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Tvac (त्वच्).—f. 1. Skin, [Mānavadharmaśāstra] 2, 90. 2. Hide, [Rāmāyaṇa] 3, 49, 9. 3. Bark, [Raghuvaṃśa, (ed. Stenzler.)] 2, 37.Source: Cologne Digital Sanskrit Dictionaries: Cappeller Sanskrit-English Dictionary
Tvac (त्वच्).—[feminine] skin, hide, bark, rind, cover, surface, cloud.Source: Cologne Digital Sanskrit Dictionaries: Monier-Williams Sanskrit-English Dictionary
1) Tvac (त्वच्):—1. tvac [class] 6. cati, to cover, [Dhātupāṭha]
2) 2. tvac f. skin (of men, serpents etc.), hide (of goats, cows etc.), [Ṛg-veda] etc. (kṛṣṇā, ‘the black man’, [i, 130, 8])
3) a cow’s hide (used in pressing out the Soma), [i, iii, ix; Vājasaneyi-saṃhitā xix, 82]
4) a leather bag, [Ṛg-veda v, 33, 7]
5) ([figuratively] ‘a cloud’) i & [ix]
6) bark, rind, peel, [Ṛg-veda] etc.
7) Cassia bark, [Varāha-mihira’s Bṛhat-saṃhitā lxxvii, 6; 12; 24; 32]
8) cinnamon, cinnamon tree, [cf. Lexicographers, esp. such as amarasiṃha, halāyudha, hemacandra, etc.]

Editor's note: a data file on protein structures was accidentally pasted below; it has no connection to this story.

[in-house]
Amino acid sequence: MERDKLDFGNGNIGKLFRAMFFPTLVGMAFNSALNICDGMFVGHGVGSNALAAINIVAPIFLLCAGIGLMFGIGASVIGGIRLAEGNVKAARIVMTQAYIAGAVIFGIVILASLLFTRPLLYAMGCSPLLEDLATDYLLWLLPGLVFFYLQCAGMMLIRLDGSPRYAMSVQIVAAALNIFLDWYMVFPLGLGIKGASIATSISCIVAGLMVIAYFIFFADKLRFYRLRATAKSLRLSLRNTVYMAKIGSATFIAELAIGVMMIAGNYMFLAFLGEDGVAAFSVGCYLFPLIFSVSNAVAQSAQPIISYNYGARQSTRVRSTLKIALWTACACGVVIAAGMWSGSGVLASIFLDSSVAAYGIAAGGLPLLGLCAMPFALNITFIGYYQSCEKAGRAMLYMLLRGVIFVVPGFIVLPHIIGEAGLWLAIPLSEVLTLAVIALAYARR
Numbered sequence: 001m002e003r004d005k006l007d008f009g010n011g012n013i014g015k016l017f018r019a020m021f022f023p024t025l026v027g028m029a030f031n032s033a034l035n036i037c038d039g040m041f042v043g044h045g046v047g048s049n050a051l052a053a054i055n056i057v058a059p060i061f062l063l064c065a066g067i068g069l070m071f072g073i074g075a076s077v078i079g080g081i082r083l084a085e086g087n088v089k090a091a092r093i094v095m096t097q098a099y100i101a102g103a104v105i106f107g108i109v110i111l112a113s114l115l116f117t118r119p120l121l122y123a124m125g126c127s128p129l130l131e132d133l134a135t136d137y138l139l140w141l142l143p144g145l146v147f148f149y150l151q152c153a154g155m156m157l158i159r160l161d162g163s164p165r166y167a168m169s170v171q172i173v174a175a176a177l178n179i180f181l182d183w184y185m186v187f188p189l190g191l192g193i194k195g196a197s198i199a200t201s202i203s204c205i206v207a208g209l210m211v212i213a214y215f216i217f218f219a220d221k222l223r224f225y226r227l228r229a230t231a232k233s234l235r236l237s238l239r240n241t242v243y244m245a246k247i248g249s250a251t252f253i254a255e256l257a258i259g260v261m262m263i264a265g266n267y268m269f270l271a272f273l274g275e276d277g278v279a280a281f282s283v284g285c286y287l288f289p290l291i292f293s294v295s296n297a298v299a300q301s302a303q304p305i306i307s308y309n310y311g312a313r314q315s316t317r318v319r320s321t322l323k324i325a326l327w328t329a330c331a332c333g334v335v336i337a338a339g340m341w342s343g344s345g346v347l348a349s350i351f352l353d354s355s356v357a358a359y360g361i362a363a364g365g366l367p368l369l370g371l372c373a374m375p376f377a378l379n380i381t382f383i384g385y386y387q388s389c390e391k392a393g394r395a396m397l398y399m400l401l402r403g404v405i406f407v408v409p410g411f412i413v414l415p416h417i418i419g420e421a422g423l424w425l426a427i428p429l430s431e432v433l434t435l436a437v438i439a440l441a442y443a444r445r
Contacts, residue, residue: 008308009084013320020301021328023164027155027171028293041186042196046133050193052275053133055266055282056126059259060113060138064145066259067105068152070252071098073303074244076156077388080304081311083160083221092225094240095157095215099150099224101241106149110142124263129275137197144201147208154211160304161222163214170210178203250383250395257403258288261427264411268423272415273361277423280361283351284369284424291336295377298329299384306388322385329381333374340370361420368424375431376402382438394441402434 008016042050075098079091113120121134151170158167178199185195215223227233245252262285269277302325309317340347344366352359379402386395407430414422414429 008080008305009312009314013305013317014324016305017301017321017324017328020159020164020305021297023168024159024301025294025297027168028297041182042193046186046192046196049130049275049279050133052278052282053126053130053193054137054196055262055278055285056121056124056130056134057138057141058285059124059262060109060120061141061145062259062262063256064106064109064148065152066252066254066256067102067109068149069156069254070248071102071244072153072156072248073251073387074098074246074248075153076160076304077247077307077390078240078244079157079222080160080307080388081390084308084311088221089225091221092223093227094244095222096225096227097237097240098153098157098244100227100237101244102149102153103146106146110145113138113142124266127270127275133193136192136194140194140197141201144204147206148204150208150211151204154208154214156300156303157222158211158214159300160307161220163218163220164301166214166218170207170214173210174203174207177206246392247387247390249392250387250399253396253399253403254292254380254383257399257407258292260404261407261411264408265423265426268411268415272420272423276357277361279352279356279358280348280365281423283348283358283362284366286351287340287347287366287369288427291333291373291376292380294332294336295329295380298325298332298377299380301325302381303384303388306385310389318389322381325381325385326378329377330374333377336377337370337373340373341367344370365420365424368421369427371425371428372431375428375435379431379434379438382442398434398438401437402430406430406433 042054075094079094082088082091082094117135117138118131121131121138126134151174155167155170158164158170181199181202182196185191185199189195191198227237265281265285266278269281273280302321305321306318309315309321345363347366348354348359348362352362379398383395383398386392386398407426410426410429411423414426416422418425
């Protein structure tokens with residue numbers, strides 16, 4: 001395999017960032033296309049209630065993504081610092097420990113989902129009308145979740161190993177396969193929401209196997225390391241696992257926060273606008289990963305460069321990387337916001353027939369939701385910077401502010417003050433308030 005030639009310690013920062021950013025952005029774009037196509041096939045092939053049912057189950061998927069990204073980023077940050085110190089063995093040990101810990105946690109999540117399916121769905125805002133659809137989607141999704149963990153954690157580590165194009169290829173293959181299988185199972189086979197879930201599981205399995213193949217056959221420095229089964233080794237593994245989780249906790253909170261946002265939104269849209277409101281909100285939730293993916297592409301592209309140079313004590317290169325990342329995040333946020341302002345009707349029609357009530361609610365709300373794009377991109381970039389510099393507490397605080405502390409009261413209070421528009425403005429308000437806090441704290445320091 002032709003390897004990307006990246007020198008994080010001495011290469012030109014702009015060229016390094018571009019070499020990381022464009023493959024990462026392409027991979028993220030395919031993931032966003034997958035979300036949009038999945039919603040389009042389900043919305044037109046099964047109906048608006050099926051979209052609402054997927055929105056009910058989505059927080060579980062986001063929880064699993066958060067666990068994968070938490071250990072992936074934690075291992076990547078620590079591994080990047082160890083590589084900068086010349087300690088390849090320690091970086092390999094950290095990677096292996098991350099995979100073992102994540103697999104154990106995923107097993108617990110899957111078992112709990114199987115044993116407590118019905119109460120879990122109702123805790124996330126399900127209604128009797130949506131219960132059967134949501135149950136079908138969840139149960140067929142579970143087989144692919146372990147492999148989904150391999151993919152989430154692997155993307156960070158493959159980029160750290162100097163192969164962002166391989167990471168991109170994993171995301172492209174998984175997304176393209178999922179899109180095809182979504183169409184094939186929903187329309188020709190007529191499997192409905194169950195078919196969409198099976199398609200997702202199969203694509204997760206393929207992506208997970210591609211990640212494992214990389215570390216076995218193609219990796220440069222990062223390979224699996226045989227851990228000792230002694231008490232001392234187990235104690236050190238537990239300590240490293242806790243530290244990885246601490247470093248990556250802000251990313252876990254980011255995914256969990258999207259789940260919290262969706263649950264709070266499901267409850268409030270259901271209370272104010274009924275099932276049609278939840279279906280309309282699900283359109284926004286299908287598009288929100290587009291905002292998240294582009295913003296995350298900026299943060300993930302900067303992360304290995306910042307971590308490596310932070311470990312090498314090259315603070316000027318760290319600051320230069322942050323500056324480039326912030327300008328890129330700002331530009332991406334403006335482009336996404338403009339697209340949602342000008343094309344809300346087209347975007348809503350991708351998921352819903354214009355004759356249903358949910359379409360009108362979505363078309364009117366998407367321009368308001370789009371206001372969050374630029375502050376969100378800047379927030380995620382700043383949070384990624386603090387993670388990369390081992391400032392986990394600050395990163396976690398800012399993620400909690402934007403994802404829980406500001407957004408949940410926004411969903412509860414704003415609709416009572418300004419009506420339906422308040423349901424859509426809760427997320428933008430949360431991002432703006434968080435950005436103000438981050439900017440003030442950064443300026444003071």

9) a cover (of a horse), [Ṛg-veda viii, 1, 32]
10) surface (of the earth), [, i, 145, 5; x, 68, 4; Atharva-veda vi, 21, 1; Taittirīya-brāhmaṇa i, 5, 5, 4]
11) with kṛṣṇā or asiknī, ‘the black cover’, darkness, [Ṛg-veda ix, 41, 1 and 73, 5]
12) a mystical Name of the letter ya, [Rāmatāpanīya-upaniṣad i, 77.]Source: Cologne Digital Sanskrit Dictionaries: Yates Sanskrit-English Dictionary
1) Tvac (त्वच्):—(śa) tvacati 6. a. To cover.
2) (k) 1. f. Skin, bark, rind, peel; woody cassia.Source: DDSA: Paia-sadda-mahannavo; a comprehensive Prakrit Hindi dictionary (S)
[Sanskrit to German]